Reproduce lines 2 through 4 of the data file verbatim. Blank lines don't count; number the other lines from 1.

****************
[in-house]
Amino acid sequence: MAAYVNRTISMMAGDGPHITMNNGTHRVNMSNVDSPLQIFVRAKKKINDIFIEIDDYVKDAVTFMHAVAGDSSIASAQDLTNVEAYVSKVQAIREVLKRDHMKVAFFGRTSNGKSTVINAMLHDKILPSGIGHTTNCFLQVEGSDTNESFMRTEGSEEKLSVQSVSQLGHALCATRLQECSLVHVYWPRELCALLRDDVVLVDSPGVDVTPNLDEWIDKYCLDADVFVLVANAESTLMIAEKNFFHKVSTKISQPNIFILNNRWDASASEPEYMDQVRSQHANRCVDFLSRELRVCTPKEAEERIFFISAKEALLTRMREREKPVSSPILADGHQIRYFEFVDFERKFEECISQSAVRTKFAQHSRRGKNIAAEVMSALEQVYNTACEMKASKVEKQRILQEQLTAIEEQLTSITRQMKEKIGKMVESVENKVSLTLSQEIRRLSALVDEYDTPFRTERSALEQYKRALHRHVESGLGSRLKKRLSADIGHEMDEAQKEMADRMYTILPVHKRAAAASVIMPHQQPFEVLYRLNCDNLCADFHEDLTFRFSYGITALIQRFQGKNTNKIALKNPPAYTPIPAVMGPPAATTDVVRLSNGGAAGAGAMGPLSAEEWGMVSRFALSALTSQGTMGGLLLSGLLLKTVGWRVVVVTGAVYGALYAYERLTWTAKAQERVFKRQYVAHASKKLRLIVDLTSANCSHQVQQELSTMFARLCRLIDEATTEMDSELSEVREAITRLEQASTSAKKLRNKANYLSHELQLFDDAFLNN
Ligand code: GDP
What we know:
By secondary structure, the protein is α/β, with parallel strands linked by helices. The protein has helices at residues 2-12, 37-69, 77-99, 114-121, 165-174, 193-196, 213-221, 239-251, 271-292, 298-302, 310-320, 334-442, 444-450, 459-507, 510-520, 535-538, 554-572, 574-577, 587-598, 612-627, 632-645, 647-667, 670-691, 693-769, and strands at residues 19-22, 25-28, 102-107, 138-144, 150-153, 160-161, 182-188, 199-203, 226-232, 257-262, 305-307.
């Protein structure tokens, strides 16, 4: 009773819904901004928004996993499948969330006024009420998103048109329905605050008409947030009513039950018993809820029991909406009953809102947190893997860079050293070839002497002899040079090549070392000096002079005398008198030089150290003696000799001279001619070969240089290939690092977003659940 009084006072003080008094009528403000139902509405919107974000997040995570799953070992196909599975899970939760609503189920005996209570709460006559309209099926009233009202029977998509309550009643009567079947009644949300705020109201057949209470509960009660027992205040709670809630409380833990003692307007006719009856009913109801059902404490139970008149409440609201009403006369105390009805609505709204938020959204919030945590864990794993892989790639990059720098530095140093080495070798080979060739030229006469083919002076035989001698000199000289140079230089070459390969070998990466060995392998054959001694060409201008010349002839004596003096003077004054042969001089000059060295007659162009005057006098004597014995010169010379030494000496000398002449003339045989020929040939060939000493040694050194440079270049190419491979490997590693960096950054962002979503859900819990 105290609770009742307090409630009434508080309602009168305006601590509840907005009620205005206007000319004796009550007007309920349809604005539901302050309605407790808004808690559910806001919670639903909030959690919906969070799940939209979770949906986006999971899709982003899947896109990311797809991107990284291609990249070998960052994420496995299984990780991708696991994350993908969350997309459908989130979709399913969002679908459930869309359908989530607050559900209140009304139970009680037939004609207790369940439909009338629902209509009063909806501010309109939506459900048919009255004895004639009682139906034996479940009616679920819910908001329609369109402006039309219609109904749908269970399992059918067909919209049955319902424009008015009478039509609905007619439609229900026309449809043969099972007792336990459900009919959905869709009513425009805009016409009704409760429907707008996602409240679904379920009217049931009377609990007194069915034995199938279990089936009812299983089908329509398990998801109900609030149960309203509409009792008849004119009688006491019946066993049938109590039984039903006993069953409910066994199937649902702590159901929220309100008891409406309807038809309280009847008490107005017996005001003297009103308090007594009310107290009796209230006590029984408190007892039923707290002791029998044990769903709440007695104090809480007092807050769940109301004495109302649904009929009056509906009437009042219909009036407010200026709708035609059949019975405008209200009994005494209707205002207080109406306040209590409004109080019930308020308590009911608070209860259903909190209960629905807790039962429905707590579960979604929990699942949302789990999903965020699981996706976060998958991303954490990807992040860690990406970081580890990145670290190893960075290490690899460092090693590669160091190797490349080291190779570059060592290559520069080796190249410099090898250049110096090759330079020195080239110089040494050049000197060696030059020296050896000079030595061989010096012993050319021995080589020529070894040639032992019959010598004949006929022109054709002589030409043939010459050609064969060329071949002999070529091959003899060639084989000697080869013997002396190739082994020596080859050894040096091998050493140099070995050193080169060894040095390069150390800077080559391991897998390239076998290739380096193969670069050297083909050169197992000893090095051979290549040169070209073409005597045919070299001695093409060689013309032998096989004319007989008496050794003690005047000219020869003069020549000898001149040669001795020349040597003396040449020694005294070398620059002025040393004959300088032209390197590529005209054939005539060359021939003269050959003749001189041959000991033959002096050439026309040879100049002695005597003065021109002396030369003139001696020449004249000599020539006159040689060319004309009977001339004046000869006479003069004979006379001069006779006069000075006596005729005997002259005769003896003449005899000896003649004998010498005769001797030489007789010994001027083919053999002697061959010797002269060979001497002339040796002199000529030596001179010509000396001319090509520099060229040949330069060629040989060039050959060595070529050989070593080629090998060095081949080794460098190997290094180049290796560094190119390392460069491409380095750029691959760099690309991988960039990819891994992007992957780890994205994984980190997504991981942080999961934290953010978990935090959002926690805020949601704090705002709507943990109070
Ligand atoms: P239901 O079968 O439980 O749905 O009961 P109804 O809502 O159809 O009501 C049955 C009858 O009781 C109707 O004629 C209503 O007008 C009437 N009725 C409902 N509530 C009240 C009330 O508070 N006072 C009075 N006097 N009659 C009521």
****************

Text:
Amino acid sequence: MAAYVNRTISMMAGDGPHITMNNGTHRVNMSNVDSPLQIFVRAKKKINDIFIEIDDYVKDAVTFMHAVAGDSSIASAQDLTNVEAYVSKVQAIREVLKRDHMKVAFFGRTSNGKSTVINAMLHDKILPSGIGHTTNCFLQVEGSDTNESFMRTEGSEEKLSVQSVSQLGHALCATRLQECSLVHVYWPRELCALLRDDVVLVDSPGVDVTPNLDEWIDKYCLDADVFVLVANAESTLMIAEKNFFHKVSTKISQPNIFILNNRWDASASEPEYMDQVRSQHANRCVDFLSRELRVCTPKEAEERIFFISAKEALLTRMREREKPVSSPILADGHQIRYFEFVDFERKFEECISQSAVRTKFAQHSRRGKNIAAEVMSALEQVYNTACEMKASKVEKQRILQEQLTAIEEQLTSITRQMKEKIGKMVESVENKVSLTLSQEIRRLSALVDEYDTPFRTERSALEQYKRALHRHVESGLGSRLKKRLSADIGHEMDEAQKEMADRMYTILPVHKRAAAASVIMPHQQPFEVLYRLNCDNLCADFHEDLTFRFSYGITALIQRFQGKNTNKIALKNPPAYTPIPAVMGPPAATTDVVRLSNGGAAGAGAMGPLSAEEWGMVSRFALSALTSQGTMGGLLLSGLLLKTVGWRVVVVTGAVYGALYAYERLTWTAKAQERVFKRQYVAHASKKLRLIVDLTSANCSHQVQQELSTMFARLCRLIDEATTEMDSELSEVREAITRLEQASTSAKKLRNKANYLSHELQLFDDAFLNN
Ligand code: GDP
What we know: